Bruce Power harvests first HSA cobalt-60

26 March 2019

Bruce Power has completed its first harvest of medical-grade cobalt-60 produced inside the Bruce 7 nuclear power reactor.

Mike Rencheck addresses the Empire Club of Canada (Image: Empire Club)

Medical-grade cobalt-60, which is also known as High Specific Activity (HSA) cobalt-60, is a high-energy gamma-ray emitter and is at the forefront of innovative new medical technologies as its use can allow the delivery of higher doses of radiation to tumours with limited damage to surrounding issues. Cobalt-60 therapy is now being used as an alternative to traditional brain surgery and radiation therapy for the treatment of complex brain conditions through a specialised, non-invasive 'gamma knife'. This uses gamma radiation to focus microscopic beams of radiation on a tumour or other target, while minimising damage to surrounding healthy tissue.

Bruce Power CEO Mike Rencheck announced the first harvest of the medical-grade isotope in an address to Canada's Empire Club yesterday. "When it was announced the National Research Universal reactor at Chalk River was going to be retired in 2018, the medical community was worried there would be a shortage of life-saving medical isotopes," he said. "Bruce Power quickly developed a process to produce medical-grade cobalt-60 in order to prevent a shortage of this cancer-fighting isotope. By doing so we are ensuring a long-term, stable supply of medical isotopes, advancing human health and saving lives."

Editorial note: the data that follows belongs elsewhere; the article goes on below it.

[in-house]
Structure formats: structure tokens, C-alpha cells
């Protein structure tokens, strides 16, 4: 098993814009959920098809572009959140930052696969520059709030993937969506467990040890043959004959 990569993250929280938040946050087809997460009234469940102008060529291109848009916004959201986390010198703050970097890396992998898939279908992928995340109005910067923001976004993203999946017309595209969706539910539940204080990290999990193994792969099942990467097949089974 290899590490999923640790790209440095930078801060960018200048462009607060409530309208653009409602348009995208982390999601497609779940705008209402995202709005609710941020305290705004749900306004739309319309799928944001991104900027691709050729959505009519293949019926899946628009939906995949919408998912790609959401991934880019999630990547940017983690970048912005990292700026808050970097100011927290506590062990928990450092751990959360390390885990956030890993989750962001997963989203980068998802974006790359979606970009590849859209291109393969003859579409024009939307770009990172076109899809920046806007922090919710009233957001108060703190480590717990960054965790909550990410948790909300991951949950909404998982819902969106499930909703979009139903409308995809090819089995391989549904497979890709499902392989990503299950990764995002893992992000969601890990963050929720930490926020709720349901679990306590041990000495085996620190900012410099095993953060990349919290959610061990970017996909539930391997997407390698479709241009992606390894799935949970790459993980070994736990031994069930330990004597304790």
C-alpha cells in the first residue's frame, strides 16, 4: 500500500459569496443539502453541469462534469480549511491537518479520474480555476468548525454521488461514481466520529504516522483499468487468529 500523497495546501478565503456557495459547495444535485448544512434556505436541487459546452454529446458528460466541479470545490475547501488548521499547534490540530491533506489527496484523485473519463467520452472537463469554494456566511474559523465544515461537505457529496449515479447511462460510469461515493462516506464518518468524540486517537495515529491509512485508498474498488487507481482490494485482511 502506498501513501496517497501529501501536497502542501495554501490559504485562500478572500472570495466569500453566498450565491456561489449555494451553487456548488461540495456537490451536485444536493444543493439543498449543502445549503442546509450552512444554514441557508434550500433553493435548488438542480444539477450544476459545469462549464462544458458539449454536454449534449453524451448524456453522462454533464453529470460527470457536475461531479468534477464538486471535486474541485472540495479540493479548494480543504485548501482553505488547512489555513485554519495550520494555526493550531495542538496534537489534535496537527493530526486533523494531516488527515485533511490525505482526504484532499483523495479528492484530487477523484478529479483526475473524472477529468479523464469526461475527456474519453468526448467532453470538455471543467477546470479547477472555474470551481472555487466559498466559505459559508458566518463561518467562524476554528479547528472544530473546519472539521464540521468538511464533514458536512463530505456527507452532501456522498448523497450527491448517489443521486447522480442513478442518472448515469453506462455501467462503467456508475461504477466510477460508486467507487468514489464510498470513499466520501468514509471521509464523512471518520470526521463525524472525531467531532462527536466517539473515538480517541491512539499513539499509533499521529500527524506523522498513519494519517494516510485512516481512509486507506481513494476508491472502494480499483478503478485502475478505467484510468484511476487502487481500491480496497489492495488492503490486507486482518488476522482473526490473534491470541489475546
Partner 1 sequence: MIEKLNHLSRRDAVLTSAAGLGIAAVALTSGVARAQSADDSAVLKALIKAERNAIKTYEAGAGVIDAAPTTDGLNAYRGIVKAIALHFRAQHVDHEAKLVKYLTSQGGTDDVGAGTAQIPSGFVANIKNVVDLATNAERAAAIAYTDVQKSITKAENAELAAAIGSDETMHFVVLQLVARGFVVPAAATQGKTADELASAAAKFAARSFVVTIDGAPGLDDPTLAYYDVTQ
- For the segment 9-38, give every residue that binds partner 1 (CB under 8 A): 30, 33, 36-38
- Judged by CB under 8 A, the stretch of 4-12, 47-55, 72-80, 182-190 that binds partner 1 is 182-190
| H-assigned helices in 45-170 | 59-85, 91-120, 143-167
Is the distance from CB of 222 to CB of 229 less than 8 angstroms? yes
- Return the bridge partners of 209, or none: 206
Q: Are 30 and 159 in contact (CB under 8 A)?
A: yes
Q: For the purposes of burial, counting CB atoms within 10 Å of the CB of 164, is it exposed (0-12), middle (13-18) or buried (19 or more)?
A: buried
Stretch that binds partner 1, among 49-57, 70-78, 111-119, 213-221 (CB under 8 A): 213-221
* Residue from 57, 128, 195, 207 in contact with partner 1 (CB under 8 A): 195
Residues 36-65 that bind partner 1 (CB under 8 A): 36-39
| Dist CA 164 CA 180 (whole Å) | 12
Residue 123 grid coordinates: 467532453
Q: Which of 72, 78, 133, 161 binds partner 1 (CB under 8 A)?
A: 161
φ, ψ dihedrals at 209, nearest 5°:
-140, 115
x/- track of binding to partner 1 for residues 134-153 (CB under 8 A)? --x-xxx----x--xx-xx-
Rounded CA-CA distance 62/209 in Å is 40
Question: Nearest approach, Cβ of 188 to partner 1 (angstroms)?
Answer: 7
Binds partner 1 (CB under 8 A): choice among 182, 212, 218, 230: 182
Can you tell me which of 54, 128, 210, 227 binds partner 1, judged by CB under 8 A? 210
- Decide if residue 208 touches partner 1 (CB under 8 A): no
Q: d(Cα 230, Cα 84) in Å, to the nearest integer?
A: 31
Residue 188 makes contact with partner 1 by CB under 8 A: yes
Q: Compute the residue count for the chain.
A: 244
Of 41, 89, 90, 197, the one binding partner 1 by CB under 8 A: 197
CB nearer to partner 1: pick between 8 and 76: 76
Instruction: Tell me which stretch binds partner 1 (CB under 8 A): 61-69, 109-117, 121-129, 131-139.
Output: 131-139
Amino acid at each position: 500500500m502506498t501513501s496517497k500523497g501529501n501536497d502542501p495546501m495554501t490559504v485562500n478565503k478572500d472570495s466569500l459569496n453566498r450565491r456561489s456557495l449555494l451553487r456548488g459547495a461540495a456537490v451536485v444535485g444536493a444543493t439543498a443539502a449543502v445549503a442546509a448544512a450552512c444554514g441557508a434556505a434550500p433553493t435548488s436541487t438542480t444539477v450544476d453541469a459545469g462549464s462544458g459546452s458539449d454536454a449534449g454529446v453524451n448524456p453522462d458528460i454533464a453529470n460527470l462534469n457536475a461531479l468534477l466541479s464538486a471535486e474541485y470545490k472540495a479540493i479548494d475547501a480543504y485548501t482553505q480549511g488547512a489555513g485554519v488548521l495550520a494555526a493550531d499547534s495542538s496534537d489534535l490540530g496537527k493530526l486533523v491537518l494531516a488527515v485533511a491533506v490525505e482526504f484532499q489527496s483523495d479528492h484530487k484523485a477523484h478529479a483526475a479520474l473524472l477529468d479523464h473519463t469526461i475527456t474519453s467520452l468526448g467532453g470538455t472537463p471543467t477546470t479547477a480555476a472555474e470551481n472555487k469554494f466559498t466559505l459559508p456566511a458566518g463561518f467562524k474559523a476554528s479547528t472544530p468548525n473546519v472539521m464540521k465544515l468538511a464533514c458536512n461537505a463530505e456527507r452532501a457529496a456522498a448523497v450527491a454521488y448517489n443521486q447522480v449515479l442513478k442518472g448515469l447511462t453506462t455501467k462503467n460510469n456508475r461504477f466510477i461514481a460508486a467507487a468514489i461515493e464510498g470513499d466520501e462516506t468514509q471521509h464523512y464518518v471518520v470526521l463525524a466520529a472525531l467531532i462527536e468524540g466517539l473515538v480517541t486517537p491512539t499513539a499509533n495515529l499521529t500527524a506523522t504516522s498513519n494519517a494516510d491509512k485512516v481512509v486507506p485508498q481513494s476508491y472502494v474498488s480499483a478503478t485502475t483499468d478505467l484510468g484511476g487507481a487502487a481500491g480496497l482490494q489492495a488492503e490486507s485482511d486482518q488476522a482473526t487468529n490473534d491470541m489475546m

Cobalt-60 emits gamma rays and has for decades been widely used to sterilise medical instruments as well as in cancer treatments. It is produced by irradiating rods of cobalt-59 in a nuclear reactor, where they are activated by slow neutrons to make cobalt-60. According to World Nuclear Association, almost all the world's supply of the radioisotope for medical and sterilisation use is produced in Candu reactors.

The medical-grade material harvested from Bruce 7 has spent nearly two years inside the reactor, and will now be processed by Ottawa-based Nordion.

"Without Bruce Power's involvement, there would be a shortage of medical-grade cobalt-60 … by starting this process in 2016, our innovations have now enabled production when that supply is needed most: right now," Rencheck said. Medical-grade cobalt-60 is being produced in addition to the cobalt-60 that Bruce Power has been producing in its reactors for decades, he noted.

Nordion Inc, a Sotera Health Company, describes itself as the world's leading supplier of cobalt-60, with a geographically and technologically diverse supply network and plans to further diversify production in the future. In February, the company announced it had acquired technology patents related to the production of cobalt-60 in light water reactors from GE-Hitachi Nuclear Energy Americas.

That intellectual property would enable cobalt-60 to be made in pressurised water reactors and boiling water reactors, Nordion said at the time of the acquisition. The technology's viability has already been demonstrated in a pilot program at two US reactors.

Researched and written by World Nuclear News